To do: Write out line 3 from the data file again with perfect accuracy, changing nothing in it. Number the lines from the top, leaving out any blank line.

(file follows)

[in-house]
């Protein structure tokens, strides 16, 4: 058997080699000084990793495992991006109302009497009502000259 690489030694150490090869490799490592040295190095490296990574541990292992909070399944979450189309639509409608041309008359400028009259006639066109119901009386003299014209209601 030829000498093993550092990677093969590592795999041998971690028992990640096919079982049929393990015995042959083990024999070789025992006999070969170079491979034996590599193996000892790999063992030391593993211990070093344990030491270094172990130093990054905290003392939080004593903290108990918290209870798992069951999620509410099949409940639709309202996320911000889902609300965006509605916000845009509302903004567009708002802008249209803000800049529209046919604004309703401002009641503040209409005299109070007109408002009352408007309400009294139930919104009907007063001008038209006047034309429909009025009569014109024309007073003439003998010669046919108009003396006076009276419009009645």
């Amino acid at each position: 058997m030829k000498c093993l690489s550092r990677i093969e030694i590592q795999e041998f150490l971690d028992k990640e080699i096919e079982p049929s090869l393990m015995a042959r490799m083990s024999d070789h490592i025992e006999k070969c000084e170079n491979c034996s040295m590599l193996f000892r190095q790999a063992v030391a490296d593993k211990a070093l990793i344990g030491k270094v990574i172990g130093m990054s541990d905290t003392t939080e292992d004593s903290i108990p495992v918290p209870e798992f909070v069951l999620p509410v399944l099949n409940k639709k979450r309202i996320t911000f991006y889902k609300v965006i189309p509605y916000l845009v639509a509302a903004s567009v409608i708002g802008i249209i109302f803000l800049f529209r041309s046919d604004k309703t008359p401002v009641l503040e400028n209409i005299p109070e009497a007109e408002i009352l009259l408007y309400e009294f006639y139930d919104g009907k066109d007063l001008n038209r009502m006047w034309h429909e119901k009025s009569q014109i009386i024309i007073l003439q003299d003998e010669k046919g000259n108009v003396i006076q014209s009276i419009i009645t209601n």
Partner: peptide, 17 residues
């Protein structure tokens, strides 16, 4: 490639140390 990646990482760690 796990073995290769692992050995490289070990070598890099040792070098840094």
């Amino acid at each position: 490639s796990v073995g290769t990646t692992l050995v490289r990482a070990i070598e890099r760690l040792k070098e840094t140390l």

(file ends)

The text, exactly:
């Amino acid at each position: 058997m030829k000498c093993l690489s550092r990677i093969e030694i590592q795999e041998f150490l971690d028992k990640e080699i096919e079982p049929s090869l393990m015995a042959r490799m083990s024999d070789h490592i025992e006999k070969c000084e170079n491979c034996s040295m590599l193996f000892r190095q790999a063992v030391a490296d593993k211990a070093l990793i344990g030491k270094v990574i172990g130093m990054s541990d905290t003392t939080e292992d004593s903290i108990p495992v918290p209870e798992f909070v069951l999620p509410v399944l099949n409940k639709k979450r309202i996320t911000f991006y889902k609300v965006i189309p509605y916000l845009v639509a509302a903004s567009v409608i708002g802008i249209i109302f803000l800049f529209r041309s046919d604004k309703t008359p401002v009641l503040e400028n209409i005299p109070e009497a007109e408002i009352l009259l408007y309400e009294f006639y139930d919104g009907k066109d007063l001008n038209r009502m006047w034309h429909e119901k009025s009569q014109i009386i024309i007073l003439q003299d003998e010669k046919g000259n108009v003396i006076q014209s009276i419009i009645t209601n």